By Josh Lemon
Bad things happen. As much as we might wish otherwise, close friends and relatives die, painful things happen to our bodies, there are natural disasters and war, and sometimes people do senselessly horrible things to other people.Â George Bonanno and Anthony Mancini.
The recent devastation of Hurricane Sandy crossed over 24 different states in the US alone. Damages to homes, businesses, and cities totaled over $65 billion. While natural disasters are fairly common across the country, this single hurricane left hundreds of thousands of families homeless and, in many cases, separated. Stories are still surfacing depicting the feelings of hopelessness and dread that parents felt as they lost contact with their children, the silence lasting for weeks in many instances. As cleanup commenced, parents across the country raised questions regarding the appropriate way to discuss this life altering disaster with their children and those they came in contact with.
The popular children’s television show, Sesame Street, was one of the first to respond. Elmo was sent onto “The Brian Lehrer Show” to provide a sense of comfort and hope. The show also released a series directed at helping children and parents through the emotional aftermath of natural disasters. The National Child Traumatic Stress Network provided simple activities and learning activities for parents to do with children as an educational tool to increase understanding and familiarity. FEMA and The Red Cross have also included sections on addressing the emotional impacts of natural disasters and reducing fear and trauma in these times.
While these resources have proven beneficial for many, the question at the forefront of each and every parents’ mind still concerns their own children and loved ones. What should parents do in the little time before a natural disaster strikes to prepare their children emotionally? And how do they properly work through the aftereffects of these disasters which then surface in the nightmares of their children? The following tips will help through this process with your own children before and after stressful and traumatic events.
Explain the Facts and Listen
Using language your child is able to comprehend, explain what is going on. This does not mean to recount every gruesome and horrific detail, but understanding what is happening, why it is happening, and where the next step is provides a base for children to grasp on to. Do not lie to your children. Once this has been established, be prepared for questions, fears, concerns, and for the consistent and constant repetition of these. To overcome traumatic events emotionally, your child must first come to understand and accept what it is. With age comes a quicker ability to comprehend and internalize.
Create a Positive and Open Environment
The way you respond to stress and trauma will show your children how they should respond. Maintain a sense of calm, no matter the circumstances. There will likely come a time when you are not able to portray this. When that time comes, fake it. Make sure they know you love them and that these circumstances are not their fault. Show them your love by being present and approachable. Focus on the blessings in your life. Recognize their fears and do all in your power to calm and comfort them. Children may show signs of trauma for years after an event and what you do or don’t do directly influences the time it takes for them to get through it.
Be Consistent and Adaptable
Children thrive in a scheduled environment. Younger children in particular should have set times throughout the day where specific events should happen; meal time, nap time, art time, play time, quiet time and so on. To the best of your ability, create a schedule that works for you and stick to it. The consistency provides a sense of safety and familiarity. It is likely that unforeseen events will arise that will interfere with this set schedule. Adapt to it, but be honest and open with your children along the way about what is happening to the schedule and why it needs to happen. This will decrease the time it takes for them to adjust to bumps in the road.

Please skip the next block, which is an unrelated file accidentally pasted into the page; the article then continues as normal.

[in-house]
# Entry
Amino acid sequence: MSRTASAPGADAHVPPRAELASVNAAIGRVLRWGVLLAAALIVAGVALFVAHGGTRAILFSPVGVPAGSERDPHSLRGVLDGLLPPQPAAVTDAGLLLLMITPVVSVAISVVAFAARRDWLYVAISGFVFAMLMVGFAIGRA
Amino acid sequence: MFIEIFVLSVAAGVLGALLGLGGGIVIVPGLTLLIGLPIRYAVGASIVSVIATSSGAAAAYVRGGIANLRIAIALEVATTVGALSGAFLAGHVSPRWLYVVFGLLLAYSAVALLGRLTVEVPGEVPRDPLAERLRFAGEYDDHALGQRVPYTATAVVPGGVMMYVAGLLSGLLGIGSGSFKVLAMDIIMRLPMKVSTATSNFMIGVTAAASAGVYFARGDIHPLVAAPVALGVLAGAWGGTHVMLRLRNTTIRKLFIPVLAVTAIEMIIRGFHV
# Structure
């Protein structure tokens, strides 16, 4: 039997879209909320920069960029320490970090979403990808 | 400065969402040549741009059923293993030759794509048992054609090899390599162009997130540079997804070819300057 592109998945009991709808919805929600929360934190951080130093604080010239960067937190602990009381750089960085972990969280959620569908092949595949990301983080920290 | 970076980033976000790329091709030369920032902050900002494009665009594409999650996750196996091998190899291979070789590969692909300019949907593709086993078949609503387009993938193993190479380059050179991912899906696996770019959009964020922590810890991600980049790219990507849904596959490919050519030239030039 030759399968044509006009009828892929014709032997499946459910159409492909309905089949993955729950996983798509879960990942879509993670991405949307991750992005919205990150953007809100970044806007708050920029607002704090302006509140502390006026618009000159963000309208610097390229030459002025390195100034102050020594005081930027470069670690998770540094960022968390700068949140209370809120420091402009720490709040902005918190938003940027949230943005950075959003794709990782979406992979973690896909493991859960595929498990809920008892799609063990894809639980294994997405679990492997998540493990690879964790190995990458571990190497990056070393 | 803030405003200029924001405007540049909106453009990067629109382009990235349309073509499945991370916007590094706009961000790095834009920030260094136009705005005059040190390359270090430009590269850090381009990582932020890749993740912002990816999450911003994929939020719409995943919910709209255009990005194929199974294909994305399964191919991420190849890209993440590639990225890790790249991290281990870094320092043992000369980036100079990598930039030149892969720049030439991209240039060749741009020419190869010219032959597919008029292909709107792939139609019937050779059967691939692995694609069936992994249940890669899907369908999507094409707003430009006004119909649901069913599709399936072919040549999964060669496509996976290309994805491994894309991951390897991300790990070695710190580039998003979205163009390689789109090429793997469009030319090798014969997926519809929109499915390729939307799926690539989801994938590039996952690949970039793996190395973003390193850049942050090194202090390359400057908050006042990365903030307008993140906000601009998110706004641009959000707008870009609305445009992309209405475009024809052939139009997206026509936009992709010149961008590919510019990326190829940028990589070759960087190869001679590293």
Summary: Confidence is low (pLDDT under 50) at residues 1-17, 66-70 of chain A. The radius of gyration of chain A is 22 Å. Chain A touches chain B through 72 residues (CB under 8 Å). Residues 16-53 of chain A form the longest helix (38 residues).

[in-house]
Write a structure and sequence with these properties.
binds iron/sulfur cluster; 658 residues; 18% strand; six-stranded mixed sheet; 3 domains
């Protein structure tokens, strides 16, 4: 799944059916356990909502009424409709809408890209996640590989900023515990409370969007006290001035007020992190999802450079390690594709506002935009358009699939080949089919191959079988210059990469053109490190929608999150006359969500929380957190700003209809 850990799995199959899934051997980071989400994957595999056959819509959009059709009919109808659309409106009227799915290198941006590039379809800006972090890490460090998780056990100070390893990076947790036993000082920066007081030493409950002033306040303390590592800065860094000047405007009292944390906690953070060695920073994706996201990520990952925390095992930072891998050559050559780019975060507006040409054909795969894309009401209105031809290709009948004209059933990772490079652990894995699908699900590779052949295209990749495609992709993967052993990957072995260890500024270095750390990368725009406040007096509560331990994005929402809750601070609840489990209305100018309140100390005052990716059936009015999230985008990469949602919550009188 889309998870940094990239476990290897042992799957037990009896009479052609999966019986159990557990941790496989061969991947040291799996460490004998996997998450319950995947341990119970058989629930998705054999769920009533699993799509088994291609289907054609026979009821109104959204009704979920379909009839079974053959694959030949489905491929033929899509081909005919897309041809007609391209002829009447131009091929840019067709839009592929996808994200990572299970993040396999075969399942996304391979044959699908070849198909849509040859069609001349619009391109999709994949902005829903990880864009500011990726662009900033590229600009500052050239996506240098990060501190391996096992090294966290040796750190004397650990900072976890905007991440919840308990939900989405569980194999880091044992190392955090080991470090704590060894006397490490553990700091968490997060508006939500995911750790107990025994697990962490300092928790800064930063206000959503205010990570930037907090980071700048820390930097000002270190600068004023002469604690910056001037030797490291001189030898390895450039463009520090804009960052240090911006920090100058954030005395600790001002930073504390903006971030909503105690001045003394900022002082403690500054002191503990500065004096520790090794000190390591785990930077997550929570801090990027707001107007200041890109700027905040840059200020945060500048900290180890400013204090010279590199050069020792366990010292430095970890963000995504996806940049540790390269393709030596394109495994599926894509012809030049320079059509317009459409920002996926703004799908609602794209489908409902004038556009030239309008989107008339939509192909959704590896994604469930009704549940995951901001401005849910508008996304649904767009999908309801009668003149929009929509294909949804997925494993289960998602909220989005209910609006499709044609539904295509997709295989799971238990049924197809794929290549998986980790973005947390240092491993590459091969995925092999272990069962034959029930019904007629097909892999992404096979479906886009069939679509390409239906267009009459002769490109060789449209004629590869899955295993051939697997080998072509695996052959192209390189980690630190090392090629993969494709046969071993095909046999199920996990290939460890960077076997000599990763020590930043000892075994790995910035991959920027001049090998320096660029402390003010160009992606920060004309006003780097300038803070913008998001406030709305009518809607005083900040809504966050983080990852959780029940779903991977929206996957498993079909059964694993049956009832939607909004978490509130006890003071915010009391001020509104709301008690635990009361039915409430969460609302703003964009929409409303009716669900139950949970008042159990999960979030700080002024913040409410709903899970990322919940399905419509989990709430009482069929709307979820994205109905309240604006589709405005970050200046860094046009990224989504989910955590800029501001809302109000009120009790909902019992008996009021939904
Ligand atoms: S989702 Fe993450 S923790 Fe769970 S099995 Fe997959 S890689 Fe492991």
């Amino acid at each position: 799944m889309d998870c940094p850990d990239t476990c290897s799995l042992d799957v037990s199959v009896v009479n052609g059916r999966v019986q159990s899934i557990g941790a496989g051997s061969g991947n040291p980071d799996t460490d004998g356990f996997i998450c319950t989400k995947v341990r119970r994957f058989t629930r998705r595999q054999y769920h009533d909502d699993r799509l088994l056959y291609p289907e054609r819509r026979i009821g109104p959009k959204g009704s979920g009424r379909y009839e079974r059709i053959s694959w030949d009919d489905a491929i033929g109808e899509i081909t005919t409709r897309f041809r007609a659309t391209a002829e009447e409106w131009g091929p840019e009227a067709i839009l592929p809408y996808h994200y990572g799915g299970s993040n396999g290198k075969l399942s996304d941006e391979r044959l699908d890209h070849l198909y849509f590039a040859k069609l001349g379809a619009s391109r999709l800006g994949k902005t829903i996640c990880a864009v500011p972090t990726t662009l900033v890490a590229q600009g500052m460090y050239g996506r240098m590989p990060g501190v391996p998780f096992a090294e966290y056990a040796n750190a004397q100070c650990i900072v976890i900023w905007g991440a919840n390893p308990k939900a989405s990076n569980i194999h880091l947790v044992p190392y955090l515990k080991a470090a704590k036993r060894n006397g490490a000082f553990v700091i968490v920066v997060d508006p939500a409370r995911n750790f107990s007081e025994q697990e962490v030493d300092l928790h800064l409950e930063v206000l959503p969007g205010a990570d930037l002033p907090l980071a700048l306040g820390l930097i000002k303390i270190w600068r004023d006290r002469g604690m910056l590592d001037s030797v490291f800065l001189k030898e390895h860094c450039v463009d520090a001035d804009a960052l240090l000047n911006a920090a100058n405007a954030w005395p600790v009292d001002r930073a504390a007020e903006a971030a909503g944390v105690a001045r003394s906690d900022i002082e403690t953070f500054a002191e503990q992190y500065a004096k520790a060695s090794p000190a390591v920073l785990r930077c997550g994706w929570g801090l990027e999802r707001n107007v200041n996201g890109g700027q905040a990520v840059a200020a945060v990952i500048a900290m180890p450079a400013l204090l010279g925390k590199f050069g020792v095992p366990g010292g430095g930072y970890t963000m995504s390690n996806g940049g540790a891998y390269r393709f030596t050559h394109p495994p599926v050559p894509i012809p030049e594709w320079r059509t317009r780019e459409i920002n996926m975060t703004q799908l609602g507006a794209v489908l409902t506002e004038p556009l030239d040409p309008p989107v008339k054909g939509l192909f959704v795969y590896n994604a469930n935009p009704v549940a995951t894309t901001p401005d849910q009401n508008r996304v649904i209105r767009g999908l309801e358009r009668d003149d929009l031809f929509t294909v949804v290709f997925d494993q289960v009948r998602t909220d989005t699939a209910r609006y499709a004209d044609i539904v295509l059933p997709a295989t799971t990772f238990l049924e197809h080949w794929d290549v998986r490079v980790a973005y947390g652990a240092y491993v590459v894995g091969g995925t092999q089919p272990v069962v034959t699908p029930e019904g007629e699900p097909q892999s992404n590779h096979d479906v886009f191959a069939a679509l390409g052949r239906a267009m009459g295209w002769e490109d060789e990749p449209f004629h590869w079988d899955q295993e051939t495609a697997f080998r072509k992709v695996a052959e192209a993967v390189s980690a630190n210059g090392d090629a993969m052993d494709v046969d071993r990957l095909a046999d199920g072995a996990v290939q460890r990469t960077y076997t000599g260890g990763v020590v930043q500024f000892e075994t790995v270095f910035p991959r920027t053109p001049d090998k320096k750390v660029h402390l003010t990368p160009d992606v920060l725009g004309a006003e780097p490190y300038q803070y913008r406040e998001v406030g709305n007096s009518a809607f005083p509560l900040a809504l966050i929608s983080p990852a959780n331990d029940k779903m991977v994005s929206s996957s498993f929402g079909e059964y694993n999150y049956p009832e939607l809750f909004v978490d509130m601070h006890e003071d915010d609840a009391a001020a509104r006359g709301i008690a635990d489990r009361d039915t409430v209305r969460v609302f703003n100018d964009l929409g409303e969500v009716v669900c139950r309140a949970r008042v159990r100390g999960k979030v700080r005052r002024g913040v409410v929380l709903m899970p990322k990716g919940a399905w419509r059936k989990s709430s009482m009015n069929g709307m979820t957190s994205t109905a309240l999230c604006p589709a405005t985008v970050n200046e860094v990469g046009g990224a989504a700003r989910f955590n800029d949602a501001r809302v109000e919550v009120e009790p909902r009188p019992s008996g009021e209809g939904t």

Recognize Changes in Behavior
Traumatic and stressful events tend to force children into a state of regression. Their behaviors may become more difficult and less characteristic of where they previously were. These responses are normal and will improve with time. Set firm limits and basic family rules. Spend time to understand and recognize what triggers your children and initiates the inappropriate behaviors. These are excellent moments for reassurance, learning, and improvement. Just as important, recognize what triggers you have as well so you are able to maintain your composure and consistency.
Spend Quality Time Together
You, as the parent, are the greatest sign of peace to your children. Spend time with them. Show them you can be happy through difficult times. Smile. Play age appropriate games together and invite conversation. Find activities that will steer their focus away from the stressful, frightening environment that may be ensuing around them. They will feel a sense of security and time will pass faster. This will also help create positive memories to take place of the negative ones which will help in future times of stress and fear.
It is important to remember that your children will all respond differently to the events at hand. What works for one will likely not work in the exact same manner for the next. It will take diligence on your part to ensure the proper emotional responses from your children by walking them through the darkness step by step. While you cannot remove your children from stressful and traumatic situations, you can provide them with an appropriate response in difficult times to lessen the impact and learn from the trials. Overcoming these hardships may be the end result, but the process of doing so is what children will remember and return to in times of need.